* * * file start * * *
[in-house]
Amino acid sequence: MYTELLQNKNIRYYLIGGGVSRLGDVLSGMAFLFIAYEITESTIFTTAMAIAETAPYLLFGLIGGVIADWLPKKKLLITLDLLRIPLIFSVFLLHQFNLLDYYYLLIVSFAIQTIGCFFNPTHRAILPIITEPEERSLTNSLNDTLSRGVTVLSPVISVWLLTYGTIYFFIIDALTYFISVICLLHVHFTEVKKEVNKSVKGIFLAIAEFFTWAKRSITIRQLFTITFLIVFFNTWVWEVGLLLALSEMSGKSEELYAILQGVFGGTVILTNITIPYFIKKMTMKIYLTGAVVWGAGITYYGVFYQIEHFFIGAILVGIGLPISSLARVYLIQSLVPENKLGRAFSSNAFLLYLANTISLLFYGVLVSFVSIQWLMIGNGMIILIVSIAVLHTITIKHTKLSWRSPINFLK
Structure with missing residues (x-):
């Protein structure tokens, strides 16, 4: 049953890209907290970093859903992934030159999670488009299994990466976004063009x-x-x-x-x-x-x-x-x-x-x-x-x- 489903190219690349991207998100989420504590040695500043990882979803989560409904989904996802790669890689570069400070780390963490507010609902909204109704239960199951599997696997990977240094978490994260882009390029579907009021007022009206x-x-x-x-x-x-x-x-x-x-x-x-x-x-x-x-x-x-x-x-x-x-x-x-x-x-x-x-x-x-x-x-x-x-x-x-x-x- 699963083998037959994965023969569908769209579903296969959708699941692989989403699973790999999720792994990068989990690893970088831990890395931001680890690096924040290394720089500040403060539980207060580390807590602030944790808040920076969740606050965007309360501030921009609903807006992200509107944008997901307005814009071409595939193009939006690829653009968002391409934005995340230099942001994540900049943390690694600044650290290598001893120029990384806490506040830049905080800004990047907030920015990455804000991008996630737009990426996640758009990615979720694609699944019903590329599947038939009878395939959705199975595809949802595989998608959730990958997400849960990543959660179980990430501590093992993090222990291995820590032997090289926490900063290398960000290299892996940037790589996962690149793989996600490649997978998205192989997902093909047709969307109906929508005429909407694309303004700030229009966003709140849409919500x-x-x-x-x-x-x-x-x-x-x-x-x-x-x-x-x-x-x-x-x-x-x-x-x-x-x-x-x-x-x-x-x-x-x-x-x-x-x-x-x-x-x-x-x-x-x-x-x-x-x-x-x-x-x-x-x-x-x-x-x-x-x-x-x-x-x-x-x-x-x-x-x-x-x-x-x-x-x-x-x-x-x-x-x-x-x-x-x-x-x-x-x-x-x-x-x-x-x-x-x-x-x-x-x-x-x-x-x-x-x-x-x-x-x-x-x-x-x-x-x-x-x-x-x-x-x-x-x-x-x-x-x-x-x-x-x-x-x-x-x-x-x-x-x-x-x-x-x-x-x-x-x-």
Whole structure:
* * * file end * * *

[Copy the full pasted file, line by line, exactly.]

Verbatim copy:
[in-house]
Amino acid sequence: MYTELLQNKNIRYYLIGGGVSRLGDVLSGMAFLFIAYEITESTIFTTAMAIAETAPYLLFGLIGGVIADWLPKKKLLITLDLLRIPLIFSVFLLHQFNLLDYYYLLIVSFAIQTIGCFFNPTHRAILPIITEPEERSLTNSLNDTLSRGVTVLSPVISVWLLTYGTIYFFIIDALTYFISVICLLHVHFTEVKKEVNKSVKGIFLAIAEFFTWAKRSITIRQLFTITFLIVFFNTWVWEVGLLLALSEMSGKSEELYAILQGVFGGTVILTNITIPYFIKKMTMKIYLTGAVVWGAGITYYGVFYQIEHFFIGAILVGIGLPISSLARVYLIQSLVPENKLGRAFSSNAFLLYLANTISLLFYGVLVSFVSIQWLMIGNGMIILIVSIAVLHTITIKHTKLSWRSPINFLK
Structure with missing residues (x-):
């Protein structure tokens, strides 16, 4: 049953890209907290970093859903992934030159999670488009299994990466976004063009x-x-x-x-x-x-x-x-x-x-x-x-x- 489903190219690349991207998100989420504590040695500043990882979803989560409904989904996802790669890689570069400070780390963490507010609902909204109704239960199951599997696997990977240094978490994260882009390029579907009021007022009206x-x-x-x-x-x-x-x-x-x-x-x-x-x-x-x-x-x-x-x-x-x-x-x-x-x-x-x-x-x-x-x-x-x-x-x-x-x- 699963083998037959994965023969569908769209579903296969959708699941692989989403699973790999999720792994990068989990690893970088831990890395931001680890690096924040290394720089500040403060539980207060580390807590602030944790808040920076969740606050965007309360501030921009609903807006992200509107944008997901307005814009071409595939193009939006690829653009968002391409934005995340230099942001994540900049943390690694600044650290290598001893120029990384806490506040830049905080800004990047907030920015990455804000991008996630737009990426996640758009990615979720694609699944019903590329599947038939009878395939959705199975595809949802595989998608959730990958997400849960990543959660179980990430501590093992993090222990291995820590032997090289926490900063290398960000290299892996940037790589996962690149793989996600490649997978998205192989997902093909047709969307109906929508005429909407694309303004700030229009966003709140849409919500x-x-x-x-x-x-x-x-x-x-x-x-x-x-x-x-x-x-x-x-x-x-x-x-x-x-x-x-x-x-x-x-x-x-x-x-x-x-x-x-x-x-x-x-x-x-x-x-x-x-x-x-x-x-x-x-x-x-x-x-x-x-x-x-x-x-x-x-x-x-x-x-x-x-x-x-x-x-x-x-x-x-x-x-x-x-x-x-x-x-x-x-x-x-x-x-x-x-x-x-x-x-x-x-x-x-x-x-x-x-x-x-x-x-x-x-x-x-x-x-x-x-x-x-x-x-x-x-x-x-x-x-x-x-x-x-x-x-x-x-x-x-x-x-x-x-x-x-x-x-x-x-x-």
Whole structure: